Morocco is a country where In 10 years, honey production has increased by 69%. According to the Ministry of Agriculture, between 2009 and 2019, the country went from 4.7 tonnes to almost 8 tonnes with a turnover of around €101 million. Today, this important sector in the kingdom’s economy is struggling to grow and is even disappearing due to increased drought and climate change.
At the foot of the monumental Inzerki apiary in southwestern Morocco, the buzzing of bees is becoming increasingly rare. This abnormal silence is the result of the environmental disasters that seem to be gradually burying the sector.
An alarming phenomenon
“At this time of year, the space is supposed to be filled with the buzz of bees. Today, they are dying at a dizzying rate”,beekeeper Brahim Chatoui lamented to AFP as he inspected his swarms under a blazing sun. Indeed, in the space of two months, the beekeeper lost 40 of his 90 hives in the giant beehive of Inzerki, in the heart of the Arganeraie biosphere reserve. This is a nationally observed phenomenon which experts believe is probably due to the severe drought and the very remarkable climate change.
For Mr Brahim Chatoui, there is normally no question of the Inzerki bee being so stripped. He says, “The Inzerki hive is the largest and oldest collective hive in the world. Its location is one hundred percent strategic and it is bathed in sunlight all day. It is located in the middle of the forest, and because the bees are next to the forest, the yield is better.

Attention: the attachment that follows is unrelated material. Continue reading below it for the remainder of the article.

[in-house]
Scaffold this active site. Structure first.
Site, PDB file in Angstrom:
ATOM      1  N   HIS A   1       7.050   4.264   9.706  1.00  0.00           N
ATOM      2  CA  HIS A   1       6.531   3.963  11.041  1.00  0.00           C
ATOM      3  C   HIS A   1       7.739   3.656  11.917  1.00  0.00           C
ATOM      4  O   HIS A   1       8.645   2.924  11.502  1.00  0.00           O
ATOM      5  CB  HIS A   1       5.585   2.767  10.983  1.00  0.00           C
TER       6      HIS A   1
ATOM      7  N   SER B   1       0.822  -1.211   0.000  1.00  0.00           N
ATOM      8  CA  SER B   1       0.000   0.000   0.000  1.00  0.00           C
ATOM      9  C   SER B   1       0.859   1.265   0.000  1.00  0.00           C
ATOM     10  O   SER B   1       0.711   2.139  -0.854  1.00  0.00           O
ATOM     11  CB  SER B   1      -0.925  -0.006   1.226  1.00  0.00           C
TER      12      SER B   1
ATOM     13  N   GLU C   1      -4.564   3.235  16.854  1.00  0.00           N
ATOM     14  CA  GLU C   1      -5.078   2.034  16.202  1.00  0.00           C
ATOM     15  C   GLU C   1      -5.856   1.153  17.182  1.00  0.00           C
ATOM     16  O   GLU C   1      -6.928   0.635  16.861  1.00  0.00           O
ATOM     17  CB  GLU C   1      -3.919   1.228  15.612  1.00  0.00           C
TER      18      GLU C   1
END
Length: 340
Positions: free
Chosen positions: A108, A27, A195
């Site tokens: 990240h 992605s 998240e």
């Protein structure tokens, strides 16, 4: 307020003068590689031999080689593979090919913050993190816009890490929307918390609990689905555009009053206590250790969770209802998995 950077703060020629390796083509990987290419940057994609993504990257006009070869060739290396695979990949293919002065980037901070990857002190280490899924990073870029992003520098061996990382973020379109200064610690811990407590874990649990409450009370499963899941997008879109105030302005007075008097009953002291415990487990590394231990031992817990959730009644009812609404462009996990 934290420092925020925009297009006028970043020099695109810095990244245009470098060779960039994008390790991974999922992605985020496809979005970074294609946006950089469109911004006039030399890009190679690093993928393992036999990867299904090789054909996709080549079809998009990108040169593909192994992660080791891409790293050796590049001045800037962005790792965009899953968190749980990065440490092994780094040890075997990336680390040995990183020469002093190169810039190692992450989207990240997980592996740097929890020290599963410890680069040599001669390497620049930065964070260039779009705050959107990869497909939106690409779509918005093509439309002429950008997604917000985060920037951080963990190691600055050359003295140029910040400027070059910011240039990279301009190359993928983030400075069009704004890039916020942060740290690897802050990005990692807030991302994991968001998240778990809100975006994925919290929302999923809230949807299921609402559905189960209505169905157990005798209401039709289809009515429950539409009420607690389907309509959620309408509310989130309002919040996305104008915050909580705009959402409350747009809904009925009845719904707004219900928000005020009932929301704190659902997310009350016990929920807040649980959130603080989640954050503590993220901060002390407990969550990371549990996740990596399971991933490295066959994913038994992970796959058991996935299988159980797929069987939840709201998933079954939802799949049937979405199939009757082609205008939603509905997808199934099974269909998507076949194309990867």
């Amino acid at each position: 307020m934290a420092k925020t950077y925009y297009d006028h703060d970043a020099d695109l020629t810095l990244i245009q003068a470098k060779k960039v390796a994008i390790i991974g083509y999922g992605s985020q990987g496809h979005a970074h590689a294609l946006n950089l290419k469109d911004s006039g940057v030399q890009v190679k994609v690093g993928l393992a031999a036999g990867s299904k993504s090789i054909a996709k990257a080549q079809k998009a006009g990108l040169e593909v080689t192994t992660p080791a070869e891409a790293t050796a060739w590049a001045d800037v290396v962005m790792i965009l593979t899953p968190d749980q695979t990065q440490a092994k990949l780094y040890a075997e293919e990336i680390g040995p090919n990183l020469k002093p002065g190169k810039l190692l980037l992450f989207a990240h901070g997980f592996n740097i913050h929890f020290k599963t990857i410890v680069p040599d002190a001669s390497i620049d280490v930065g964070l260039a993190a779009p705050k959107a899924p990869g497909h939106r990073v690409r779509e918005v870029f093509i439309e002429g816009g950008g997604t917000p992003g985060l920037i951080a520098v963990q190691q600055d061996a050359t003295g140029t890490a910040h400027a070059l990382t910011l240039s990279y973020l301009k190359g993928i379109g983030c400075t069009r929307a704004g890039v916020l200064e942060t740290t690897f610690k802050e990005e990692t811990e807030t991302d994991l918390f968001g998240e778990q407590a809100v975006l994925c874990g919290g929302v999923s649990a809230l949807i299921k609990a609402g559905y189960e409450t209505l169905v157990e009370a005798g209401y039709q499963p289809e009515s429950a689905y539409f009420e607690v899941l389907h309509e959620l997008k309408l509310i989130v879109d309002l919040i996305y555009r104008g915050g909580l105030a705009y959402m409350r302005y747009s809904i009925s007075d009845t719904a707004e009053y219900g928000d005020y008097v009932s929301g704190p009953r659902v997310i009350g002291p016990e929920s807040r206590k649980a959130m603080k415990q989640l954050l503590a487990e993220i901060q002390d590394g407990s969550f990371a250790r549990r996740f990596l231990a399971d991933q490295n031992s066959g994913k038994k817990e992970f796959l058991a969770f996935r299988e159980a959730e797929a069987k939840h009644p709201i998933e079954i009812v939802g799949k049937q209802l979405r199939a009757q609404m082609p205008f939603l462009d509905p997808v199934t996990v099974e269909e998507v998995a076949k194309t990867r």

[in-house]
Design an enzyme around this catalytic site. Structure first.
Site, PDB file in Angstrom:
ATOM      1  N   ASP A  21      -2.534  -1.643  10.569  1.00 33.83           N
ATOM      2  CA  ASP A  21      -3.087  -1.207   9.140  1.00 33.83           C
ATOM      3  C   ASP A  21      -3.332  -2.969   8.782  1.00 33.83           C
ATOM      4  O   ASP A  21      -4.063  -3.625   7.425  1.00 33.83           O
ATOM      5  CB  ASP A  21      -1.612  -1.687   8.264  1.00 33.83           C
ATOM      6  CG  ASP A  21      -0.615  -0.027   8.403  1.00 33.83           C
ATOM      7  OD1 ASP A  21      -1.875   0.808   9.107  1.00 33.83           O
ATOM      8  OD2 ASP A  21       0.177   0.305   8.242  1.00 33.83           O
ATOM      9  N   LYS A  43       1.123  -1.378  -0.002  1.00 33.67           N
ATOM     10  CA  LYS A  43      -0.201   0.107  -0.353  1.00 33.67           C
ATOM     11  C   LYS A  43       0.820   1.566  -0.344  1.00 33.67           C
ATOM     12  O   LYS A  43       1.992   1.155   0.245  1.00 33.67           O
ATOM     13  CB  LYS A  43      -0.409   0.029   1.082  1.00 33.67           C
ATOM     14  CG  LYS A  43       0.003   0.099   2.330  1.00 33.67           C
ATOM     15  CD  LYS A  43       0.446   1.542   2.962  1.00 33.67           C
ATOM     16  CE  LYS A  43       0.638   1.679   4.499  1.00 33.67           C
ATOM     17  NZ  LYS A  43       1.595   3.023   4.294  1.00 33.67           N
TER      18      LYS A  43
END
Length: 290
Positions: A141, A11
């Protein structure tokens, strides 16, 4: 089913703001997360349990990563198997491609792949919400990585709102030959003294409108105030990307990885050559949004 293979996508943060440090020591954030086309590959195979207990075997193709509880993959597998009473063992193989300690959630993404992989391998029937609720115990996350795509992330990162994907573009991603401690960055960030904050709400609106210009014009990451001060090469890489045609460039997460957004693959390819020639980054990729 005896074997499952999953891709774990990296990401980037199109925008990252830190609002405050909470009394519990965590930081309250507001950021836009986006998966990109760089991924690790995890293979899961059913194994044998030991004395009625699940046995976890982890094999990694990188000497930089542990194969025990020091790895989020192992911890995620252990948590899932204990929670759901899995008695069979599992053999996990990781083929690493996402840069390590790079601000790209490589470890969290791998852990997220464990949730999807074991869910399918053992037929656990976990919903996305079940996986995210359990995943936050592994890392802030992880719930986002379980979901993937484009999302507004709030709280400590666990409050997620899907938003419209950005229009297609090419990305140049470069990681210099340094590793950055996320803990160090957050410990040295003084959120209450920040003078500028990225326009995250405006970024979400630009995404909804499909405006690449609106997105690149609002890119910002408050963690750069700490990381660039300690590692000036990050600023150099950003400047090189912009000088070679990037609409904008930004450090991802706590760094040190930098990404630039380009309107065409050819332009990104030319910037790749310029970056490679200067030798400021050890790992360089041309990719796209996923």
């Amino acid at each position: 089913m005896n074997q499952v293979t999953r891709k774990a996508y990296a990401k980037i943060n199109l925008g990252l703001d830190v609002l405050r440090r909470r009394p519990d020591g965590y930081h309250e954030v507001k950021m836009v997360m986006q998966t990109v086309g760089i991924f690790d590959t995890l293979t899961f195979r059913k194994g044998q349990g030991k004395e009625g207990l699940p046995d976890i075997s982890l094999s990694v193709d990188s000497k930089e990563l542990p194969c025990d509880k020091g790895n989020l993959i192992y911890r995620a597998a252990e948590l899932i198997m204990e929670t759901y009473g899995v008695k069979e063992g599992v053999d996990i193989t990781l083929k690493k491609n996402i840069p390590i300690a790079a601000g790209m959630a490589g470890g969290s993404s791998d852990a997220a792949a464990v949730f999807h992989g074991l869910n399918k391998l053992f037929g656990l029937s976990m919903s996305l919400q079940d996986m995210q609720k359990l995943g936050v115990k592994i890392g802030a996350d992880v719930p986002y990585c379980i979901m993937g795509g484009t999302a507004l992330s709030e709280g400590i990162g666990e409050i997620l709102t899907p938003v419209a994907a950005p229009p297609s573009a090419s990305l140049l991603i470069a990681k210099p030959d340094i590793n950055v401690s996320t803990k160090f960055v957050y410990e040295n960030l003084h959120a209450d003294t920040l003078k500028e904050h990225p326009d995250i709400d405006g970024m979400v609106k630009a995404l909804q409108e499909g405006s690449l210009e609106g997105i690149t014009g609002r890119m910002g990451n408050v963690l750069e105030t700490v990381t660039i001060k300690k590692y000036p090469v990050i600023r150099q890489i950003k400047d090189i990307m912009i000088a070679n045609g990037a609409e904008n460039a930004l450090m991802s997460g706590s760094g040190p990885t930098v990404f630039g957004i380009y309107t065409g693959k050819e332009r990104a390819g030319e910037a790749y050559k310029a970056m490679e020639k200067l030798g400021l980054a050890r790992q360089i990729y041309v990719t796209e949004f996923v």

Thus, the fact that the phenomenon has dangerously affected the Inzerki hive, is a real concern for the operators and for the governors. Due to the damage, many beekeepers have simply abandoned the area. Other production regions were also affected. According to Mohamed Choudani of the Union of Beekeepers of Morocco (UAM), the losses are considerable in the centre, in the Beni Mellal-Khénifra region. They are estimated at 100,000 hives since August.
A deteriorating heritage
Beyond the production of honey, the Inzerki beehive is a heritage dating from 1850 that must be preserved and passed on to future generations. This building is a work of art that strikes the eye from afar with its simple yet complex structure. It is built of sand and wood on five levels divided into equally sized huts. Inside the huts are cylindrical hives made of woven reeds, covered with earth mixed with cow dung. But you only have to get close to see the extent of the decay. Parts of the bee fall off. This rate of deterioration makes us fear the worst.
Governments rescue beekeepers
Given the extent of the situation, the government has released 130 million dirhams, i.e. more than 12 million euros (not yet deployed), to help beekeepers cope with the difficulties of production and the disappearance of bees. In addition, the State has launched a vast investigation into the disaster. ”This desertion of beehives is an unprecedented phenomenon in Morocco” ,observes the National Office of Food Safety (Onssa). It is therefore urgent to multiply actions to save this sector, one of the economic and heritage bases of the kingdom.